The significance of Doctor T.J. Eckleburg and his watchful eyes is never explicitly defined, though the image is commonly interpreted as a symbolic representation of God. The advertisement is in disrepair, and may symbolize the disintegration of moral standards in modern civilization. During the 1920's, when the book takes place, society underwent major ethical and social changes; the puritanical values of the 19th century were displaced by the hedonistic principles and practices of the Jazz Age. Nick upholds the honorable traditional values of times past, which are challenged by the indulgent behavior of those who surround him.

At once, Nick is fascinated and repulsed by Tom, Myrtle, Catherine, and the McKees. Their ostentatious, shallow behavior and meaningless gossip disgust him, though he observes them as though captivated by their ridiculous decorum. These characters embody all that Nick detests: gaudiness, gossip, and immorality. He is especially disdainful of gossips, and takes notice of the gossip magazines that Myrtle and her sister Catherine read. When Catherine gossips about Gatsby, telling Nick that he is related to Kaiser Wilhelm, she intensifies Nick's suspense about the mysterious Gatsby. Catherine's gossip is also indicative of Gatsby's public, and perhaps notorious,image. Regardless of his reputation, he is undoubtedly well known among New Yorkers.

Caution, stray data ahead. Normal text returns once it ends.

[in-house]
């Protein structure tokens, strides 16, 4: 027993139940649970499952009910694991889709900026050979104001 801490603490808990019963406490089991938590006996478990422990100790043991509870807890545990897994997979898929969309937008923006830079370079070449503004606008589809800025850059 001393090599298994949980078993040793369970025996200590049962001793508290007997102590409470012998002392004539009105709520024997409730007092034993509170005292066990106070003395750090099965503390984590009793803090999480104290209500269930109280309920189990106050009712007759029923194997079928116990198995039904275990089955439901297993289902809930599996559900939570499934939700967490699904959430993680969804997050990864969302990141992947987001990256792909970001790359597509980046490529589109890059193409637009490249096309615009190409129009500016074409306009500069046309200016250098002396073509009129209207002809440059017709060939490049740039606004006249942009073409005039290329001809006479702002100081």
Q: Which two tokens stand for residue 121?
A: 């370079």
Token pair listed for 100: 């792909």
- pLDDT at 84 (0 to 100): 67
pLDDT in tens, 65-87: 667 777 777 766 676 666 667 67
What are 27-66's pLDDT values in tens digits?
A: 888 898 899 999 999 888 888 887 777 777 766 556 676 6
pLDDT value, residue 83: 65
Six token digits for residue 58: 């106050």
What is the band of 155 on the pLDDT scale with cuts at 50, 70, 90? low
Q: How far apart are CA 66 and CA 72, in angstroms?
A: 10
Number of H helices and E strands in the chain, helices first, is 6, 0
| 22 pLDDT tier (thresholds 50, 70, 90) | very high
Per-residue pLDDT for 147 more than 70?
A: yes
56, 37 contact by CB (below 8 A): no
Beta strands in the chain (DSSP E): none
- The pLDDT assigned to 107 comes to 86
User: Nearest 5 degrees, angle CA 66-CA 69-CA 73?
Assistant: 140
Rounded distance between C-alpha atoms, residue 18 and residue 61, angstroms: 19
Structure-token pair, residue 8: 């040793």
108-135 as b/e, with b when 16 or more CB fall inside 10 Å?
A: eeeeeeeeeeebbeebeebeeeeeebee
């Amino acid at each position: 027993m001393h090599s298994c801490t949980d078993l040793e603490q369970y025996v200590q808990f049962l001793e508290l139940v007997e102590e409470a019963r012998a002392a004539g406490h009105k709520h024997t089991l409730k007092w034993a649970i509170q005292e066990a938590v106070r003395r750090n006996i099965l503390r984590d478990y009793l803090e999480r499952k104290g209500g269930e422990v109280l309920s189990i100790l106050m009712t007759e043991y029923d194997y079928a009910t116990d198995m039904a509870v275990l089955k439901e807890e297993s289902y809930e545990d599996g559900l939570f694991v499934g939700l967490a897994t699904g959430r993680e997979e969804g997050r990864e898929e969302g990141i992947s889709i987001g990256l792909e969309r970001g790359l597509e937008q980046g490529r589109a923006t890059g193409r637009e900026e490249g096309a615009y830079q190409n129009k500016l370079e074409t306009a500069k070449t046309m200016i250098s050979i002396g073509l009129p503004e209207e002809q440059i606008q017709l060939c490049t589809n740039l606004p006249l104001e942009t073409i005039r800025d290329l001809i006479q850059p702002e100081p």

Tom's stance as the novel's antagonist is accentuated by his brutal violence toward Myrtle. He breaks her nose not to defend Daisy, but to protect his own pride, and to prove that Myrtle cannot undermine him. Although Myrtle rides discreetly in another train car on the way to New York, Tom is shamelessly public about his affair with her once they arrive in the city. Throughout the novel, New York City is portrayed as a place without bounds. While both East Egg and West Egg are extremely wealthy, and the valley of ashes impoverished and oppressively gray, New York is wild and alive, the place to be anonymous and free of inhibitions.